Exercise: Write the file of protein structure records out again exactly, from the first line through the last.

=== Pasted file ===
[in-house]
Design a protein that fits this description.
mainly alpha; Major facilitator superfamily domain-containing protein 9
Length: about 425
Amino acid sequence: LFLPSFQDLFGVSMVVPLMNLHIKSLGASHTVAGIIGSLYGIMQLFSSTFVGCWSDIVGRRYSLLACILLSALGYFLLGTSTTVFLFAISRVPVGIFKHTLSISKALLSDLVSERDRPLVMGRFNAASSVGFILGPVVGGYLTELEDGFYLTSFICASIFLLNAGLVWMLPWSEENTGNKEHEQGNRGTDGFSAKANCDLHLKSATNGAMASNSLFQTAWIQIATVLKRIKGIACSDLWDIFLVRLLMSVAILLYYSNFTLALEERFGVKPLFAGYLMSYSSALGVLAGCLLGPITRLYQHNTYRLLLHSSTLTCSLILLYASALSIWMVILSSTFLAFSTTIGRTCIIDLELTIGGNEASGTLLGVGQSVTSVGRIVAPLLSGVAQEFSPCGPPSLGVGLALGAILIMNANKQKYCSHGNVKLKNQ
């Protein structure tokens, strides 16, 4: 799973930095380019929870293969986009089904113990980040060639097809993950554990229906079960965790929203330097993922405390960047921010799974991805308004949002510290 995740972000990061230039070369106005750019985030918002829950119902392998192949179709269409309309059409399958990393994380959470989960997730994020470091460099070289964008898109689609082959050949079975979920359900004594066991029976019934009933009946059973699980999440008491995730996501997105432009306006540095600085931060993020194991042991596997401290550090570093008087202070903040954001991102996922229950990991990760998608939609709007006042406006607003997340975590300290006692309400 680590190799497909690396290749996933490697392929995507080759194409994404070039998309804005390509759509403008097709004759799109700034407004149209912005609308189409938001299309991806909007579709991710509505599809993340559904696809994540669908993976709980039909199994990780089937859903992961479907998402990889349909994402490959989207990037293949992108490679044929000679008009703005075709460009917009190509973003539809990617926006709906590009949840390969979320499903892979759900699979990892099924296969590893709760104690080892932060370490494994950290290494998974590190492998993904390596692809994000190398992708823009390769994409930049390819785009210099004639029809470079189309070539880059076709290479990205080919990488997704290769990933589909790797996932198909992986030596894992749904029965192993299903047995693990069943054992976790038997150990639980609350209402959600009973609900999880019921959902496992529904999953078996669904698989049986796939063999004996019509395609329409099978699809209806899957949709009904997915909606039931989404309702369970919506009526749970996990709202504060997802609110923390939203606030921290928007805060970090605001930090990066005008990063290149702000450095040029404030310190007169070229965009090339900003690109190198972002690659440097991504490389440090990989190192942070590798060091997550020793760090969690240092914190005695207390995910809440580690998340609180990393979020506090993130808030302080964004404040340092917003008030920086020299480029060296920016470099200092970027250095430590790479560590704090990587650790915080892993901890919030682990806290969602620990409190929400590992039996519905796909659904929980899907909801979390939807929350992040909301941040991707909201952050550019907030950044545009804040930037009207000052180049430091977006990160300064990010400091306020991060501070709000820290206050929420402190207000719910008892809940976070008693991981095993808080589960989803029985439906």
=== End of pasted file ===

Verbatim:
[in-house]
Design a protein that fits this description.
mainly alpha; Major facilitator superfamily domain-containing protein 9
Length: about 425
Amino acid sequence: LFLPSFQDLFGVSMVVPLMNLHIKSLGASHTVAGIIGSLYGIMQLFSSTFVGCWSDIVGRRYSLLACILLSALGYFLLGTSTTVFLFAISRVPVGIFKHTLSISKALLSDLVSERDRPLVMGRFNAASSVGFILGPVVGGYLTELEDGFYLTSFICASIFLLNAGLVWMLPWSEENTGNKEHEQGNRGTDGFSAKANCDLHLKSATNGAMASNSLFQTAWIQIATVLKRIKGIACSDLWDIFLVRLLMSVAILLYYSNFTLALEERFGVKPLFAGYLMSYSSALGVLAGCLLGPITRLYQHNTYRLLLHSSTLTCSLILLYASALSIWMVILSSTFLAFSTTIGRTCIIDLELTIGGNEASGTLLGVGQSVTSVGRIVAPLLSGVAQEFSPCGPPSLGVGLALGAILIMNANKQKYCSHGNVKLKNQ
């Protein structure tokens, strides 16, 4: 799973930095380019929870293969986009089904113990980040060639097809993950554990229906079960965790929203330097993922405390960047921010799974991805308004949002510290 995740972000990061230039070369106005750019985030918002829950119902392998192949179709269409309309059409399958990393994380959470989960997730994020470091460099070289964008898109689609082959050949079975979920359900004594066991029976019934009933009946059973699980999440008491995730996501997105432009306006540095600085931060993020194991042991596997401290550090570093008087202070903040954001991102996922229950990991990760998608939609709007006042406006607003997340975590300290006692309400 680590190799497909690396290749996933490697392929995507080759194409994404070039998309804005390509759509403008097709004759799109700034407004149209912005609308189409938001299309991806909007579709991710509505599809993340559904696809994540669908993976709980039909199994990780089937859903992961479907998402990889349909994402490959989207990037293949992108490679044929000679008009703005075709460009917009190509973003539809990617926006709906590009949840390969979320499903892979759900699979990892099924296969590893709760104690080892932060370490494994950290290494998974590190492998993904390596692809994000190398992708823009390769994409930049390819785009210099004639029809470079189309070539880059076709290479990205080919990488997704290769990933589909790797996932198909992986030596894992749904029965192993299903047995693990069943054992976790038997150990639980609350209402959600009973609900999880019921959902496992529904999953078996669904698989049986796939063999004996019509395609329409099978699809209806899957949709009904997915909606039931989404309702369970919506009526749970996990709202504060997802609110923390939203606030921290928007805060970090605001930090990066005008990063290149702000450095040029404030310190007169070229965009090339900003690109190198972002690659440097991504490389440090990989190192942070590798060091997550020793760090969690240092914190005695207390995910809440580690998340609180990393979020506090993130808030302080964004404040340092917003008030920086020299480029060296920016470099200092970027250095430590790479560590704090990587650790915080892993901890919030682990806290969602620990409190929400590992039996519905796909659904929980899907909801979390939807929350992040909301941040991707909201952050550019907030950044545009804040930037009207000052180049430091977006990160300064990010400091306020991060501070709000820290206050929420402190207000719910008892809940976070008693991981095993808080589960989803029985439906």